By Cindy Jackon
April 15, 2021
Updated at 5:15 p.m.
The South Amelia Island Shore Stabilization Association (commonly referred to as SAISSA) was victorious at the Board of County Commissioners meeting of April 13, 2021, when the BOCC approved by a unanimous vote a resolution:
• to impose assessments to fund the beach renourishment project
• to approve the assessment roll; and
• to collect said assessments
The vote did not occur without major discussion, dissension and lots of public participation. For the first time in a long time (since the outbreak of the COVID pandemic), the Commission Chambers room was full, albeit with social distancing being practiced and masks being worn. Thirteen emails were submitted prior to the meeting and there were 23 participants at the meeting including members of the SAISSA board and the general public. Even SAISSA attorney Buddy Jacobs participated via Zoom. In fact, the BOCC did not adjourn until well after 9:00pm.
This is the third beach renourishment project for the south end of the island—all of which have been conducted under the leadership of SAISSA – an association “blessed” by the Board of County Commissioners.
Formed in 1993 SAISSA was created “to protect, preserve, restore and enhance the beach/dune system on the south end of the Amelia Island.”
SAISSA Board Members include residents of River Stone, The Sanctuary, The Residents, The Retreat and the Amelia Island Plantation – in addition to The Omni.
SAISSA provides the official body to oversee beach renourishment operations and is “backed by” the Board of County Commissioners providing greater power and legitimacy to applications for grants and other fundraising activities. Having the backing of such a government entity, often helps bring to life the visions of many such projects.
While such an arrangement seems to guarantee legitimacy, promise and success, that was not, by any means a “fait accompli” on the night of April 12. 2021.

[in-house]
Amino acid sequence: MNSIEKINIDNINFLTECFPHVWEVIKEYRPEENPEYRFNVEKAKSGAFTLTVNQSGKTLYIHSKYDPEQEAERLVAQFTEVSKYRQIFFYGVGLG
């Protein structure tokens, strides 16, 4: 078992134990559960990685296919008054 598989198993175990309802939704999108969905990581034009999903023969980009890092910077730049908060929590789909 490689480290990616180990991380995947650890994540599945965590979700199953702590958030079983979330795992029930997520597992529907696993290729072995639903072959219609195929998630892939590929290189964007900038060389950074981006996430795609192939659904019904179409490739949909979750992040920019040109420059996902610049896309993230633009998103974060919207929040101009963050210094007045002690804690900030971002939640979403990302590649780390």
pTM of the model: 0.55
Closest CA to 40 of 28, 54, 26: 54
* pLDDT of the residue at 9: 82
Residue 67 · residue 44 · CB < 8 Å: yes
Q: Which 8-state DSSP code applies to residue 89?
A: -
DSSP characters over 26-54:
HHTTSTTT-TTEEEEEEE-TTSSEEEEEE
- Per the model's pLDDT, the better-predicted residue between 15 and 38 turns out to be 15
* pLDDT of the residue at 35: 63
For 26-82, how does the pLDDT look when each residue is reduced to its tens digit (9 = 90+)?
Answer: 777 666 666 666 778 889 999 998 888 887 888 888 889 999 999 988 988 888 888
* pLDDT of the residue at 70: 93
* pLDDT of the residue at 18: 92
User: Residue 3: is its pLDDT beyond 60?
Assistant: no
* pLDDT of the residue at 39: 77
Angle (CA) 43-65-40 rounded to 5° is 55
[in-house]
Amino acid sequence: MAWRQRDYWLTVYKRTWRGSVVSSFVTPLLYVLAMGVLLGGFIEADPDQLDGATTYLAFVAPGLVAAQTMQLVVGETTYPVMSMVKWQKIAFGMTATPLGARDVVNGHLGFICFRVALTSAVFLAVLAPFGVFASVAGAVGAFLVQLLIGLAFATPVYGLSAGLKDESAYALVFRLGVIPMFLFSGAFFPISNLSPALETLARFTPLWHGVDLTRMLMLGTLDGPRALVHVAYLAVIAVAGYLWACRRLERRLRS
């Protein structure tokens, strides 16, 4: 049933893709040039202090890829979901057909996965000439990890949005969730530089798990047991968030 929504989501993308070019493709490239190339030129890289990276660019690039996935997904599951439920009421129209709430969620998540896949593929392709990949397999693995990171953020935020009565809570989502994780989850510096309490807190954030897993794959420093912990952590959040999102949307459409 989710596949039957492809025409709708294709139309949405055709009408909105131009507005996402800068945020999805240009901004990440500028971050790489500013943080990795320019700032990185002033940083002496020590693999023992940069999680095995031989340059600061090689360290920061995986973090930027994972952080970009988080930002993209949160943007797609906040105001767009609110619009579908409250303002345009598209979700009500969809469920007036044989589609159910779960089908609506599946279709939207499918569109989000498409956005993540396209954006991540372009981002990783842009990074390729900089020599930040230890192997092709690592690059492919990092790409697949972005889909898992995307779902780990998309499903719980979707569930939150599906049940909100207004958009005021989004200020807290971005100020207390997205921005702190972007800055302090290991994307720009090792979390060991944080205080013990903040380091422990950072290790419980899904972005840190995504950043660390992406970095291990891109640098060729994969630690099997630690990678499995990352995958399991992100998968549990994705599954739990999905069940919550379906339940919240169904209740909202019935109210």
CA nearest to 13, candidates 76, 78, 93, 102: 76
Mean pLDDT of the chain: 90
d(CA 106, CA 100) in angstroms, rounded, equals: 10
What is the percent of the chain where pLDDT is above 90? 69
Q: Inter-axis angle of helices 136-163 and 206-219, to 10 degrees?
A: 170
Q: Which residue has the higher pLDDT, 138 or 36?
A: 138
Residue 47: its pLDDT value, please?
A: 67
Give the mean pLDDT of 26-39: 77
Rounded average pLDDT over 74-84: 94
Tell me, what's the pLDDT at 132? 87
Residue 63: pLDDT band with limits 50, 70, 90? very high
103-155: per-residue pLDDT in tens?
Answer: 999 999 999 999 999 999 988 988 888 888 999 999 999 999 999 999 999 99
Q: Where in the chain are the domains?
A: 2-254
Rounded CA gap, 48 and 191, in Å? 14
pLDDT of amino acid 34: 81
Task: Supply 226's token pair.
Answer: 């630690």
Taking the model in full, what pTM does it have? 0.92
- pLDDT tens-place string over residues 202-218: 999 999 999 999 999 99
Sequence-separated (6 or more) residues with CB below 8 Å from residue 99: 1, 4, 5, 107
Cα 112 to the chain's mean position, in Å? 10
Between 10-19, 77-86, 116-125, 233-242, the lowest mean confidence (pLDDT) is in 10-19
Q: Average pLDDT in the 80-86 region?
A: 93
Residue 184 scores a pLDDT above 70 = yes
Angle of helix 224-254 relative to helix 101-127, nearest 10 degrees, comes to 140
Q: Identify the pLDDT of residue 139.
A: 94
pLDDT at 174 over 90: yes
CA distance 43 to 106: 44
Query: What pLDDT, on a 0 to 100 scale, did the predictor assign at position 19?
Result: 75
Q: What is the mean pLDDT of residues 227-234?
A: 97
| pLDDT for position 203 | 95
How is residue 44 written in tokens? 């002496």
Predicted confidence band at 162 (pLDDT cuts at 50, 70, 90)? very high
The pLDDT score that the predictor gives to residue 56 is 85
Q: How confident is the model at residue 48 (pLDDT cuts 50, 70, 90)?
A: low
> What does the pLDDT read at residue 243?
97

For more than two hours, members of the BOCC heard protestations against the proposed beach renourishment project on the south end of the island.
But that is not to say that those in favor of beach renourishment were not in force as well. They were and many of those residents gave testimony to its value and importance.
Reduced to a minimum, the arguments against a new beach re-nourishment project might be summarized by saying “the beach is beautiful, there is no reason to renourish” at this point in time while proponents say that it is because of past beach renourishment projects that the beach on the south of the island is in such great shape.
But that was not the end of it. During the marathon meeting, other charges were levied against SAISSA that included its attempt(s) to “squash dissent,” that activities of the SAISSA board were “troubling and corrupt,” and that there was much “self-dealing.”
Also mentioned were concerns relating to a loss in property values, that renourishment projects take too long and that during these projects, anybody who walks the beach, including grandchildren, is subject to almost certain injuries as a result of the “shell hash” content of the sand.
Plantation resident Frank Hopf was the among the first to assert his distaste and opposition to the “new” project. Hopf, a local resident who earned a PhD in Geography and Geomorphology from Texas A&M, was the first speaker to request extra time. His request was granted as were the requests of practically every speaker that followed.
SAISSA, its team of engineers and the BOCC were united in the belief that that beach on the south end of the Island was in good shape ONLY because of beach renourishment efforts. Two permits are required for the project to commence – the Consolidated Coastal Permit and Sovereign Submerged Lands Authorization from the Florida Department of Environmental Protection which has been received and the U.S. Army Corps of Engineers Permit which is expected any day now, according to Project Manager Bill Moore who was reached the following day.
At the end of the evening, the resolution approving the expenditure of funds was approved unanimously. Each and every member of the Board of County Commissioners extended their praise for all the citizen participation.
If all permits are in place, project construction is slated to begin on May 1, 2021 and is expected to last approximately three months. The approved resolution specifies the cost of construction is not to exceed $16,600,000.